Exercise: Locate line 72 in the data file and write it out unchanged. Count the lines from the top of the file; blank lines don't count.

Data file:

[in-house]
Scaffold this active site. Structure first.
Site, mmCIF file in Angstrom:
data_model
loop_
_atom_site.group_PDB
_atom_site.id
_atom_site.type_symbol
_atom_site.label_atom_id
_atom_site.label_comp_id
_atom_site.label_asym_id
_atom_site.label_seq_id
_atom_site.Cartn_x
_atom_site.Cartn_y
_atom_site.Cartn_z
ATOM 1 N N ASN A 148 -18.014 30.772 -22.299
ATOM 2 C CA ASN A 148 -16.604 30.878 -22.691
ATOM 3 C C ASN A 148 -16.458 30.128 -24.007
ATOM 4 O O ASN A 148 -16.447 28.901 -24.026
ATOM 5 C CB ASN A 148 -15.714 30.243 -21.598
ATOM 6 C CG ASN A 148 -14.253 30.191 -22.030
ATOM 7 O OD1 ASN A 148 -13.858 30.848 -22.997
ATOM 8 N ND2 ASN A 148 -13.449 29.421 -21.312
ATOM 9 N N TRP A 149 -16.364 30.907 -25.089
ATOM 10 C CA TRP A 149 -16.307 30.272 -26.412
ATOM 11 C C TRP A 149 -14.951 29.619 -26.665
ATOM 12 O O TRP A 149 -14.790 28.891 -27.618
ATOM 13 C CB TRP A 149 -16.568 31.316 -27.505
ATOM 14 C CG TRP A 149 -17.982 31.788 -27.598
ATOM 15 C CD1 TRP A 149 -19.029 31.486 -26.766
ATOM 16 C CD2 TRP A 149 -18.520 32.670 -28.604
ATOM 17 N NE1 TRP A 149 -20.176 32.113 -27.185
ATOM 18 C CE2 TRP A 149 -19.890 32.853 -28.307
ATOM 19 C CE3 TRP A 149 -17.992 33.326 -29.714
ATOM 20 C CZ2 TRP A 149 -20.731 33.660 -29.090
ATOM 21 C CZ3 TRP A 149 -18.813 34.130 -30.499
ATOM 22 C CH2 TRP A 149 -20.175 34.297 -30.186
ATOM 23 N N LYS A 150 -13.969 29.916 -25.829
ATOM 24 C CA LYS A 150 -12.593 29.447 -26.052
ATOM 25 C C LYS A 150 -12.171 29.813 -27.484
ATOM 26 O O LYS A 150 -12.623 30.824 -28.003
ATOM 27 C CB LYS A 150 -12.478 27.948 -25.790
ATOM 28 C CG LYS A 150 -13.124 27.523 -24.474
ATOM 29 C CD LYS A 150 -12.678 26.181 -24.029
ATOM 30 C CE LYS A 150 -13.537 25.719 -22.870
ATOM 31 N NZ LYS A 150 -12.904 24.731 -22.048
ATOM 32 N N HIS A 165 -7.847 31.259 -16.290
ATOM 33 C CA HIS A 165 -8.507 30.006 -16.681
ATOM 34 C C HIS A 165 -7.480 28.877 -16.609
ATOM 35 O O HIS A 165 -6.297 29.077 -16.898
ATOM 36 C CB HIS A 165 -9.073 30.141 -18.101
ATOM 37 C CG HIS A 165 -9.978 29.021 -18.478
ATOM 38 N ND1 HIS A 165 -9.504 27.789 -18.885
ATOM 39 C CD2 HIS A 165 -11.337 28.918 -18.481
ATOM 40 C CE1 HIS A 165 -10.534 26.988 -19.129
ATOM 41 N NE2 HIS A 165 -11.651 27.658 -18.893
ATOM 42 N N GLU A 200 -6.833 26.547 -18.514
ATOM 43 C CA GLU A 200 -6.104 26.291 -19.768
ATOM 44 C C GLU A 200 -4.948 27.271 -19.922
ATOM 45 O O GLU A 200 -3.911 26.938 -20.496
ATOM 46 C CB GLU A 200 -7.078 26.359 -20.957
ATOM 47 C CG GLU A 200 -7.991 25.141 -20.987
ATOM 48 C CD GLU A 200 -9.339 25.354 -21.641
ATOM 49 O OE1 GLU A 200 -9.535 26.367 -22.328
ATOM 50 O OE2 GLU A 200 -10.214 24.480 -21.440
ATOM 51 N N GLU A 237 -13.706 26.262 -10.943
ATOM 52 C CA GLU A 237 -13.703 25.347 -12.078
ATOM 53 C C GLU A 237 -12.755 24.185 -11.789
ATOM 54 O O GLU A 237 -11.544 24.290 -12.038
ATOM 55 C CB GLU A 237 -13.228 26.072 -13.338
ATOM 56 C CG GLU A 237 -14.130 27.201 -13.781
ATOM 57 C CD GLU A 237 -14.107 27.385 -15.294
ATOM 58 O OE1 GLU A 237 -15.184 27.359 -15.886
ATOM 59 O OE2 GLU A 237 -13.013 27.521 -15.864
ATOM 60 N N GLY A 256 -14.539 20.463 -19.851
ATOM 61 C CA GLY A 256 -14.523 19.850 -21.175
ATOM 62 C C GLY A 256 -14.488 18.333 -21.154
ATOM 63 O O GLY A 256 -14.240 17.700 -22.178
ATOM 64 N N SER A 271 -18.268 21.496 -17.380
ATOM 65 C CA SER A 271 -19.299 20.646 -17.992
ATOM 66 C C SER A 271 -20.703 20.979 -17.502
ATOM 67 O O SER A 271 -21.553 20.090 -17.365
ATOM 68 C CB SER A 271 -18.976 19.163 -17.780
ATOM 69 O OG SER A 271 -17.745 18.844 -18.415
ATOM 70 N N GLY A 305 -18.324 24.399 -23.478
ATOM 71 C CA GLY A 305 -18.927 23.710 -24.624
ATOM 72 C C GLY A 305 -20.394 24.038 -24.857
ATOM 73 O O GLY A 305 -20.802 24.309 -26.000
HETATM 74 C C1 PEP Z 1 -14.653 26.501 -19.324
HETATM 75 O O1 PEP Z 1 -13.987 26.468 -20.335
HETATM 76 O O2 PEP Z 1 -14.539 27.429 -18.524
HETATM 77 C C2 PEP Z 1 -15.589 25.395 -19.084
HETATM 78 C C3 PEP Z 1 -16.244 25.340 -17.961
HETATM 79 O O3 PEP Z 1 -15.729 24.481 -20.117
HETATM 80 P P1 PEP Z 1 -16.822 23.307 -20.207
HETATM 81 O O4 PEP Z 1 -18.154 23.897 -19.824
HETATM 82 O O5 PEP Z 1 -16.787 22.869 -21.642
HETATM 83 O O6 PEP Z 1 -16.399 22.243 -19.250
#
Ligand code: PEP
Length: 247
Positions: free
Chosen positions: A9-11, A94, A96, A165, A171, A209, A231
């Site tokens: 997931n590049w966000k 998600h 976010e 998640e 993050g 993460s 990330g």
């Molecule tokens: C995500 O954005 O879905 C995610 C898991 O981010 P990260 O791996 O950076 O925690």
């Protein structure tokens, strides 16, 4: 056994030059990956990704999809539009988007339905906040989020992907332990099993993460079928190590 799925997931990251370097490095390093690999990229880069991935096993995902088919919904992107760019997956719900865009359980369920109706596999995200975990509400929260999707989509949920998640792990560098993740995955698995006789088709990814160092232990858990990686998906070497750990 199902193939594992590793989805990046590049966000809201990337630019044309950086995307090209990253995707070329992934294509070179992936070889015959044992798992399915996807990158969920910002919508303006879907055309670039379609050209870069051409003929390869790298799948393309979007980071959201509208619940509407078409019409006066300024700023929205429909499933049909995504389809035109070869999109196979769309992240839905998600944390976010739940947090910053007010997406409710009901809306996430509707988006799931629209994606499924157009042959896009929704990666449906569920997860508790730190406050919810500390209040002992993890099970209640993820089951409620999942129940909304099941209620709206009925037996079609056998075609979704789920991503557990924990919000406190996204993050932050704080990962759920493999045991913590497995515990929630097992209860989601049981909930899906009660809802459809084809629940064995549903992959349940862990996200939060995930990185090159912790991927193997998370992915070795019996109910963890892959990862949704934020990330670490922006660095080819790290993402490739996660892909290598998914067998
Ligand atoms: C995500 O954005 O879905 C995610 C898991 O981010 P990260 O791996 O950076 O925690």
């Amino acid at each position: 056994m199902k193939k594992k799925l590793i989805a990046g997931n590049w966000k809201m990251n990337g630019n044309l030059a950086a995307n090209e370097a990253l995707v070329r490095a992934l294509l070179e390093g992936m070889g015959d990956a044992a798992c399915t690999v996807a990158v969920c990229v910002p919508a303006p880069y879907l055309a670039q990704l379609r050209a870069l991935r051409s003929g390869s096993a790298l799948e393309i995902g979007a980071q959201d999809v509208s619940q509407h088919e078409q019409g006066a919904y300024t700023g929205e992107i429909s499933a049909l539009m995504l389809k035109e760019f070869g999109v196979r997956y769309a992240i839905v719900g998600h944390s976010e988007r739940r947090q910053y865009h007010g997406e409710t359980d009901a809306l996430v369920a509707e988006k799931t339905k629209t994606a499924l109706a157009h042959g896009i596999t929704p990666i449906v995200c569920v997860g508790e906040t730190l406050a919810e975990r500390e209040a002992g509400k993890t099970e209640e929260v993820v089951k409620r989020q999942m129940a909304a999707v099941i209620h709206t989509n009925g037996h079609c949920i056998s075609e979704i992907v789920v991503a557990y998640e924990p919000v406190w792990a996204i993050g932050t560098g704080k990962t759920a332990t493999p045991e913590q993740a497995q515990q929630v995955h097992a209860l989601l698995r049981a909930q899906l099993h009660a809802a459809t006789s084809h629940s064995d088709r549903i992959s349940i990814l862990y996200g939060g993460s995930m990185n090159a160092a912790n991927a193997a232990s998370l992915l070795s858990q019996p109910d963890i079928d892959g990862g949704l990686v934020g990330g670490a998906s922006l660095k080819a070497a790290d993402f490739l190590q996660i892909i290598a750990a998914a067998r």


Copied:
ATOM 57 C CD GLU A 237 -14.107 27.385 -15.294